Dumb*ss self-proclaimed “fiscal conservatives” all up in arms about government spending make me laugh.  Where the hell do they think that money goes?  It evaporates up to the M1 Fairy in the sky?  Sadly such poetic flights of fancy are much less likely than the simple reality:  it gets freakin’ spent.  By people.  AT THEIR discretion–not Charles Koch’s.  To do things THEY want to do.  Which often includes starting their own businesses.

    So of course the mandarins behind the Tea Party hate government spending.  It actually provides the real economy with the cash low folks would need to start businesses that might eventually compete with the Koch Bros’ oligopoly.

    “Thankfully”, they still have a lot of weapons at their disposal to defeat economic freedom.  True, a significant one is virtual ownership of Las Vegas-style financial markets to crank out fantasy M3 in exchange for your solid US Treasury-issued M1 & M2.  The siren lure of unrealistic returns and price / earnings ratios really makes most productive alternatives out of the question for most people who rarely consider the actual GDP return on their investment.  The unrealized “gains” on this pyramid scam are called “commercial money” and constitute one component of the M3 aggregate money supply.  That is essentially fiat money–though generated by the private sector rather than the public.

    Which is the U.S.’s real problem with fiat money.  Not it’s mere existence, but that it’s been left completely unregulated in the hands of scabby financeer whoors who deride the very notion of the public good.

    http://dystopiadiaries.blogspot.com/2010/11/would-henry-i-have-castrated-goldman.html

  • Anonymous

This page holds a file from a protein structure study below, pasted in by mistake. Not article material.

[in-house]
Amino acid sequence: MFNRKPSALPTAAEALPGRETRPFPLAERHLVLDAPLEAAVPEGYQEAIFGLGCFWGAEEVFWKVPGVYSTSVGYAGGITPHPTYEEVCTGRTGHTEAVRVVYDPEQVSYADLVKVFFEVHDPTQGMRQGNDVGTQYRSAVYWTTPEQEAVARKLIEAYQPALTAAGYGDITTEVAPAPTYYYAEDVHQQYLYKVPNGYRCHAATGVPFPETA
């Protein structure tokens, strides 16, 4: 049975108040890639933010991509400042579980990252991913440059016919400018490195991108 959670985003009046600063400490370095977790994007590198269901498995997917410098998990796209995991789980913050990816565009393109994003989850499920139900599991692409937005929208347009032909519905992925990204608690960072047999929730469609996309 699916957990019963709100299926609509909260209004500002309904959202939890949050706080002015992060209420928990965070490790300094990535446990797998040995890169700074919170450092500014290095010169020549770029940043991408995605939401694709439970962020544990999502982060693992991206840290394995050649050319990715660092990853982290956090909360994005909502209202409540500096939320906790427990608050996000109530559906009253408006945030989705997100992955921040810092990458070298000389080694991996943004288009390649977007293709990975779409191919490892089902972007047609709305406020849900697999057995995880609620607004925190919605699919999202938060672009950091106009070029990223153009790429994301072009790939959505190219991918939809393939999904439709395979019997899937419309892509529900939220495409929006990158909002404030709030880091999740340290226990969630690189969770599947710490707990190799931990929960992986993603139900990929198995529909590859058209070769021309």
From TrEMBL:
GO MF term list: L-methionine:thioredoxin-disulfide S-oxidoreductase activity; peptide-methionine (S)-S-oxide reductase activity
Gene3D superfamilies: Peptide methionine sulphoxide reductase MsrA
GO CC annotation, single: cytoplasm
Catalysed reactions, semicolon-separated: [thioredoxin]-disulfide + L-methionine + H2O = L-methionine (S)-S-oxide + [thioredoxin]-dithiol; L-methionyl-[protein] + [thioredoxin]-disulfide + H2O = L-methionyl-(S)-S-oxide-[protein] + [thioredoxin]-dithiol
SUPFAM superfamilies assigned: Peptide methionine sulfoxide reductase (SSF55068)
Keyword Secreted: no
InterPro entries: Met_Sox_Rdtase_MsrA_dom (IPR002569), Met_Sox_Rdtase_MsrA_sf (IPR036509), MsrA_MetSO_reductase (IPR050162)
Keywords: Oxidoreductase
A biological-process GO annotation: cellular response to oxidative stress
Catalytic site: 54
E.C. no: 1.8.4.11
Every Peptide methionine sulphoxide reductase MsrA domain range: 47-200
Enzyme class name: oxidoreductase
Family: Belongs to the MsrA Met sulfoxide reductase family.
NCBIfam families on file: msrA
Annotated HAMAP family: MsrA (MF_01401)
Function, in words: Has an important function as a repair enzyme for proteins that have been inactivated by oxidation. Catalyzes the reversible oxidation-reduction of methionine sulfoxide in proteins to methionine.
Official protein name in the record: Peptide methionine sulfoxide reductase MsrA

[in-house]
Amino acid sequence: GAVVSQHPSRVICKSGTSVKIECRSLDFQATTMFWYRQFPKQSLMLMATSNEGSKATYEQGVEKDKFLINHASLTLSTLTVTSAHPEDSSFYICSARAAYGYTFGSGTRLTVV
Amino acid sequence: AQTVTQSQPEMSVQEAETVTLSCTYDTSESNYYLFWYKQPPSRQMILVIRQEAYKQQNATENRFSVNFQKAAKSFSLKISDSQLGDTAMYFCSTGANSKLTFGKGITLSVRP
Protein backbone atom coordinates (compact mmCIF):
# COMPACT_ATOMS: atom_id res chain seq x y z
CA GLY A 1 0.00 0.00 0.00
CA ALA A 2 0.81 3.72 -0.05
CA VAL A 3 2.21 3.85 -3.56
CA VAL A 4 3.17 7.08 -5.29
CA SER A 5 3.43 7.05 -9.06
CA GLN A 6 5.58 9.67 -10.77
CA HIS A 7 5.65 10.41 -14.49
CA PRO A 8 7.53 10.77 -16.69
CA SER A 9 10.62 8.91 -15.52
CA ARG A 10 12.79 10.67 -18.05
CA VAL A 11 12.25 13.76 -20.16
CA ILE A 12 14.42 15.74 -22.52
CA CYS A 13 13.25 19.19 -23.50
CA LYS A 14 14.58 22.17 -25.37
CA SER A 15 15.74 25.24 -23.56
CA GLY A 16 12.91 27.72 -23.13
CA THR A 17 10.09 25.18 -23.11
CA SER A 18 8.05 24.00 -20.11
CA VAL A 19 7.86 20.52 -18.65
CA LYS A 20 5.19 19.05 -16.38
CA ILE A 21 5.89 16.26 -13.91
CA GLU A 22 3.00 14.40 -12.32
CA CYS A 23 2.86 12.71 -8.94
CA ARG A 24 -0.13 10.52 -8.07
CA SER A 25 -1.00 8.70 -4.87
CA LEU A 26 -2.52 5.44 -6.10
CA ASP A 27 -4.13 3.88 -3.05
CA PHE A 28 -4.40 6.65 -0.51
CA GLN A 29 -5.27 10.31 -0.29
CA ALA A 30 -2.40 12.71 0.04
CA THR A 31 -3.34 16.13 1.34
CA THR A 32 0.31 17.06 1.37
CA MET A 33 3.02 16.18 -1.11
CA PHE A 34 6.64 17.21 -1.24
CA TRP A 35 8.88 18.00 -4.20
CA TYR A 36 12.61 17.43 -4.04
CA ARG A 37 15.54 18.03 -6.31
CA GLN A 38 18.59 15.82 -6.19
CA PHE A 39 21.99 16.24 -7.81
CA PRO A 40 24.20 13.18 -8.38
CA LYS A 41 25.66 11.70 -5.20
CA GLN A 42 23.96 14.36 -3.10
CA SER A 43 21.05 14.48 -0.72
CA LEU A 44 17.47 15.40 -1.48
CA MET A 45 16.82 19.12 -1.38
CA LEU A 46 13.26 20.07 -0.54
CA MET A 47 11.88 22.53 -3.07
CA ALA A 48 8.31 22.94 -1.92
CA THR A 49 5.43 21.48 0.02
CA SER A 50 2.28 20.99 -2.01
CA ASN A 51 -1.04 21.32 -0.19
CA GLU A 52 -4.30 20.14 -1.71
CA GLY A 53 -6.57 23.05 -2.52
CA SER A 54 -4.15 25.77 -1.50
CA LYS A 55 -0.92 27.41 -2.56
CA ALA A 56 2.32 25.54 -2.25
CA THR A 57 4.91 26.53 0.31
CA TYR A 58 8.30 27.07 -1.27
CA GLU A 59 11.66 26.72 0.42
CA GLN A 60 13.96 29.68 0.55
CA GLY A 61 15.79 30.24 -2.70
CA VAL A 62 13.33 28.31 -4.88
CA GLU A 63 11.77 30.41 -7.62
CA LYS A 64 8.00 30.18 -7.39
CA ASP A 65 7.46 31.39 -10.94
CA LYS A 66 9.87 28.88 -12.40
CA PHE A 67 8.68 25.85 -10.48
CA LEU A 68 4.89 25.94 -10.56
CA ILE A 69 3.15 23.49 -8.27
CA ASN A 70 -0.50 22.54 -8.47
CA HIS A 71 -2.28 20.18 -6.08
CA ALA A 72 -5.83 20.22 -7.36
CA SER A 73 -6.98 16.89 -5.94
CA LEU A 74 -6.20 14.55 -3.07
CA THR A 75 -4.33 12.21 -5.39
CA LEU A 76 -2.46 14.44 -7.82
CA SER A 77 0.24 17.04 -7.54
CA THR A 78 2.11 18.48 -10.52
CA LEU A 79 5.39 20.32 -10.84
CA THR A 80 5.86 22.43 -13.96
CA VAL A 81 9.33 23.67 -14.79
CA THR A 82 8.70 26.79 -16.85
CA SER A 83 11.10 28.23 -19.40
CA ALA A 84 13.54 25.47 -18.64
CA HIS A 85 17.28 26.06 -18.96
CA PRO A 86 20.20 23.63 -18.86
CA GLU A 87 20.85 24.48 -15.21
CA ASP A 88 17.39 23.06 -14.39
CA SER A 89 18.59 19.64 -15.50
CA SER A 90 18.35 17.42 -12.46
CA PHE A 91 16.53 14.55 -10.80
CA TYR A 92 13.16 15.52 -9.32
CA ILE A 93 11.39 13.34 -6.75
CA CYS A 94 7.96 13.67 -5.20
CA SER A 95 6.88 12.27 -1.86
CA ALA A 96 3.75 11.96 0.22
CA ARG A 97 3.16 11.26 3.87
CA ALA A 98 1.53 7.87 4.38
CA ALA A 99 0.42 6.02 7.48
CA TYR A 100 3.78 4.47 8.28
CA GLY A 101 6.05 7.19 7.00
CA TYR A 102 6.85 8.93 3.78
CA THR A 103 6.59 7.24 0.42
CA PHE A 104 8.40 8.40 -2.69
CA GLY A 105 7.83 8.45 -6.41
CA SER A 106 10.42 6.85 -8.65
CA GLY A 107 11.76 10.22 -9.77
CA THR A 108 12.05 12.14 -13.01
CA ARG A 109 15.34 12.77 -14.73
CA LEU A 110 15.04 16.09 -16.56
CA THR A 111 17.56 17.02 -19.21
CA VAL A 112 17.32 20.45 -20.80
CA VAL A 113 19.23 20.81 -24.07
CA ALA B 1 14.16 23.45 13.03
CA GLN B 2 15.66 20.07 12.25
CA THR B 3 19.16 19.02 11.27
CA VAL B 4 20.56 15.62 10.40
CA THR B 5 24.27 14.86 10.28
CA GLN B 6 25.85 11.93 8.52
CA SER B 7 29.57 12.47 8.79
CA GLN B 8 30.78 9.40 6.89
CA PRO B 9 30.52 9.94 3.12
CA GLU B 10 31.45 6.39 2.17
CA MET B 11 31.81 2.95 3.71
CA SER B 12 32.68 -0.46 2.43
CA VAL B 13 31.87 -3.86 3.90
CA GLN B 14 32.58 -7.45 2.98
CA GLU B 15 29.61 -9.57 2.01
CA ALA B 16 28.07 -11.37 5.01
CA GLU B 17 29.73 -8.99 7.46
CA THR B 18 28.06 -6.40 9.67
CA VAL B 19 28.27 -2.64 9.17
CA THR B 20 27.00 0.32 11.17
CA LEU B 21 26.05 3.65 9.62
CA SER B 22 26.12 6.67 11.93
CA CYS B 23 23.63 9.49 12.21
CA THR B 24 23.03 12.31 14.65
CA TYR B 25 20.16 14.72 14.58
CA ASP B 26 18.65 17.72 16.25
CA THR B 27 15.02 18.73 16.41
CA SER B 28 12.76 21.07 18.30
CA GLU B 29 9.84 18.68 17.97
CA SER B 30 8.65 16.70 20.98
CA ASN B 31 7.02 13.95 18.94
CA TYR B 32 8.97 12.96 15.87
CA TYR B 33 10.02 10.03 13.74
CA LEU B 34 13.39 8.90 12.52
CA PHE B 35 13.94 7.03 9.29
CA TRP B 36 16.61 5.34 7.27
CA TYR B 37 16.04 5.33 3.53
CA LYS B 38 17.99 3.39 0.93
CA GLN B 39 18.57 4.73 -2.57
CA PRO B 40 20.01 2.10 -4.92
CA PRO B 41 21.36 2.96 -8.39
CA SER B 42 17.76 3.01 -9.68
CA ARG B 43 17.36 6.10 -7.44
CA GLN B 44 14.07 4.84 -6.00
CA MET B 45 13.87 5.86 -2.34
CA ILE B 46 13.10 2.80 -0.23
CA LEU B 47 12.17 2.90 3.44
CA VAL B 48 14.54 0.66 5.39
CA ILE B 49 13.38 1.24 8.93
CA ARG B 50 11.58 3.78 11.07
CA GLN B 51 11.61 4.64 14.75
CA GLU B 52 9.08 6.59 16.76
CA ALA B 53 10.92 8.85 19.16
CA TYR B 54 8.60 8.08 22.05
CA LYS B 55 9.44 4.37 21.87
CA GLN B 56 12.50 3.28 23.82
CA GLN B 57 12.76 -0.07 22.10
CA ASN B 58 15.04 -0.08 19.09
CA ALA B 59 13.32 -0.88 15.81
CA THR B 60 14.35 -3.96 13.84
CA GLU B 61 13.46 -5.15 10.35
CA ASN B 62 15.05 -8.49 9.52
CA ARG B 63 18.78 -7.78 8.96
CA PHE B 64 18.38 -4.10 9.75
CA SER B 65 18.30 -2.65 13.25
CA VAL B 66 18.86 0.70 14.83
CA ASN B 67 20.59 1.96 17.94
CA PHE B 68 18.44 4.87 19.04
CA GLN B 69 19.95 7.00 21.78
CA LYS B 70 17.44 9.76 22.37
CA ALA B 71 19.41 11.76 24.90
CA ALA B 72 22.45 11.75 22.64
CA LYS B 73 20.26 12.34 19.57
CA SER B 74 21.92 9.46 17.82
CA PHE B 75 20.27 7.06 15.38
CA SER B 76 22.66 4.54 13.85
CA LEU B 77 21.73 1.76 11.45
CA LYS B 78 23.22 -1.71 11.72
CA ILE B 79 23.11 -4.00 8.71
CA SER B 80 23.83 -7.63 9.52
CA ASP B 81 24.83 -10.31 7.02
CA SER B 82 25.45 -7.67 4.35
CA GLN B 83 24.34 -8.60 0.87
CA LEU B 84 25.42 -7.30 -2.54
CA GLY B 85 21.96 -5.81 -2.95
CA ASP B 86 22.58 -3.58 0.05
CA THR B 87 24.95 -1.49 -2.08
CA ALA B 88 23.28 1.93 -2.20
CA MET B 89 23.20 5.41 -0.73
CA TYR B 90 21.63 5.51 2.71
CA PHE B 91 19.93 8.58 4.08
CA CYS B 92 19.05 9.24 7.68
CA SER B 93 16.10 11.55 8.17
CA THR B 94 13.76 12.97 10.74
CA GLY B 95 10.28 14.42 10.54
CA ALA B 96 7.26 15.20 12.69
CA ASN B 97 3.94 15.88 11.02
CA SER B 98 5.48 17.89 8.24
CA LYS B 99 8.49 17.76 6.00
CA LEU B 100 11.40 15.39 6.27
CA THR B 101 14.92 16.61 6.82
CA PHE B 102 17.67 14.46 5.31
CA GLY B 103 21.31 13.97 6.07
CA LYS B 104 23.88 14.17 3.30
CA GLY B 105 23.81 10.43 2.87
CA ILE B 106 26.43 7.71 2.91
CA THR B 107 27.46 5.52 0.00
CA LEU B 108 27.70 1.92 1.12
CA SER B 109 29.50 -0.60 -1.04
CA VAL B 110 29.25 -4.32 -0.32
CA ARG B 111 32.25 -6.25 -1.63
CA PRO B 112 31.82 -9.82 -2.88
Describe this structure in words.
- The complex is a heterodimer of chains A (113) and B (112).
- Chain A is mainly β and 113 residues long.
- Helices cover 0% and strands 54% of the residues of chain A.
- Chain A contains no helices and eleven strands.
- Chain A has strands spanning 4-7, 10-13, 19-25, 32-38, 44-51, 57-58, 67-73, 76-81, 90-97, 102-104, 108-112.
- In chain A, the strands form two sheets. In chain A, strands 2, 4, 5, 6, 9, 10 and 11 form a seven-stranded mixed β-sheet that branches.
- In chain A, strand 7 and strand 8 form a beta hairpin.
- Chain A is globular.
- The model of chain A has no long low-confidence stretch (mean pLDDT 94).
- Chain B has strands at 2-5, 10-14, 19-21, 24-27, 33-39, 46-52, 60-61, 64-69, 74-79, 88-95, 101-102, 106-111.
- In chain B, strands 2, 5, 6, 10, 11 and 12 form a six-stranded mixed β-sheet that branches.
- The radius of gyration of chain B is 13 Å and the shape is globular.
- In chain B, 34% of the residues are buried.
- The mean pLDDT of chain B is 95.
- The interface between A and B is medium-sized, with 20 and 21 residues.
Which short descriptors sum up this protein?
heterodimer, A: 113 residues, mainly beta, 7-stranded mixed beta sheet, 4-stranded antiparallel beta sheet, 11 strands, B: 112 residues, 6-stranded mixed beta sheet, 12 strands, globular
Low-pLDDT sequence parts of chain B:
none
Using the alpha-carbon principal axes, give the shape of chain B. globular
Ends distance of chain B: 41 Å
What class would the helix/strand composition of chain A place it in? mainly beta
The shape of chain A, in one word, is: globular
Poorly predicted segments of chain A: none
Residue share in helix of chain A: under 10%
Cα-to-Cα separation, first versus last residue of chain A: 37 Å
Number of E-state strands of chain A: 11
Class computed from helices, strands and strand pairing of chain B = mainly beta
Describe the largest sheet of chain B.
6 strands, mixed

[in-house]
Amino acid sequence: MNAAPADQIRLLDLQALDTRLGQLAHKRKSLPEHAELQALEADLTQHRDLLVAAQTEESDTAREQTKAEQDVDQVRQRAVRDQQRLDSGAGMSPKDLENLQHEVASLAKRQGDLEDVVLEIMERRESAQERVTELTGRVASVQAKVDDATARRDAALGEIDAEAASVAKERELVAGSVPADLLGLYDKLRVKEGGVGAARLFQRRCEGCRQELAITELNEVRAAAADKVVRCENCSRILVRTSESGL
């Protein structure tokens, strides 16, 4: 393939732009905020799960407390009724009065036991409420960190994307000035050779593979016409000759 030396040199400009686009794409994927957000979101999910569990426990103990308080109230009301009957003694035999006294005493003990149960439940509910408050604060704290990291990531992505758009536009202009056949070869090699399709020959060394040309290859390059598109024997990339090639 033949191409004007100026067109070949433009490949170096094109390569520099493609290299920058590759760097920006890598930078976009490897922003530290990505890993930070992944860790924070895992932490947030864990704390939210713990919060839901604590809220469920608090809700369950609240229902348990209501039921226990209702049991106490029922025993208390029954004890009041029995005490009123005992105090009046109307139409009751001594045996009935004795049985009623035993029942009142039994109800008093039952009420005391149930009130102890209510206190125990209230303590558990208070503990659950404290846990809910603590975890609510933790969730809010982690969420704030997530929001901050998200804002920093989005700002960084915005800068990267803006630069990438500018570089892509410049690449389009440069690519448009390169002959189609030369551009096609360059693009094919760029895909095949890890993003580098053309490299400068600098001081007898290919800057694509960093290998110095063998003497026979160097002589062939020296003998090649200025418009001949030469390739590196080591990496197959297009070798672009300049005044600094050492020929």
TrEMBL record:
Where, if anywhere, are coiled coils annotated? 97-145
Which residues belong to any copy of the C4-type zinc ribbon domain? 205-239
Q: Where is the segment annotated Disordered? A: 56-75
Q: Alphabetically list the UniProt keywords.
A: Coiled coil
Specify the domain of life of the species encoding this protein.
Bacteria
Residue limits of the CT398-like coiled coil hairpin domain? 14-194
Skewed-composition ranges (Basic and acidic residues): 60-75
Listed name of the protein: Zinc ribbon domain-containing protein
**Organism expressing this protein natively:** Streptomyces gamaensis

“Despite every effort by governments, the gap between rich and poor continues to grow. . . ”

    Don’t you think that’s a bit wide of the mark?  Everyone knows what the problem is:  no capital circulating to the real economy.  Didn’t need to be a freakin’ detective to figure that one out.

    And that problem is hardly unique to cash economies with serious fiat components.  The problem is a structural disincentive to SPEND.

    Dumb*ss self-proclaimed “fiscal conservatives” all up in arms about government spending make me laugh.  Where the hell do they think that money goes?  It evaporates up to the M1 Fairy in the sky?  Sadly such poetic flights of fancy are much less likely than the simple reality:  it gets freakin’ spent.  By people.  AT THEIR discretion–not Charles Koch’s.  To do things THEY want to do.  Which often includes starting their own businesses.

    So of course the mandarins behind the Tea Party hate government spending.  It actually provides the real economy with the cash low folks would need to start businesses that might eventually compete with the Koch Bros’ oligopoly.

    “Thankfully”, they still have a lot of weapons at their disposal to defeat economic freedom.  True, a significant one is virtual ownership of Las Vegas-style financial markets to crank out fantasy M3 in exchange for your solid US Treasury-issued M1 & M2.  The siren lure of unrealistic returns and price / earnings ratios really makes most productive alternatives out of the question for most people who rarely consider the actual GDP return on their investment.  The unrealized “gains” on this pyramid scam are called “commercial money” and constitute one component of the M3 aggregate money supply.  That is essentially fiat money–though generated by the private sector rather than the public.

    Which is the U.S.’s real problem with fiat money.  Not it’s mere existence, but that it’s been left completely unregulated in the hands of scabby financeer whoors who deride the very notion of the public good.

    http://dystopiadiaries.blogspot.com/2010/11/would-henry-i-have-castrated-goldman.html

  • Anonymous

    “Despite every effort by governments, the gap between rich and poor continues to grow. . . ”

    Don’t you think that’s a bit wide of the mark?  Everyone knows what the problem is:  no capital circulating to the real economy.  Didn’t need to be a freakin’ detective to figure that one out.

    And that problem is hardly unique to cash economies with serious fiat components.  The problem is a structural disincentive to SPEND.

    Dumb*ss self-proclaimed “fiscal conservatives” all up in arms about government spending make me laugh.  Where the hell do they think that money goes?  It evaporates up to the M1 Fairy in the sky?  Sadly such poetic flights of fancy are much less likely than the simple reality:  it gets freakin’ spent.  By people.  AT THEIR discretion–not Charles Koch’s.  To do things THEY want to do.  Which often includes starting their own businesses.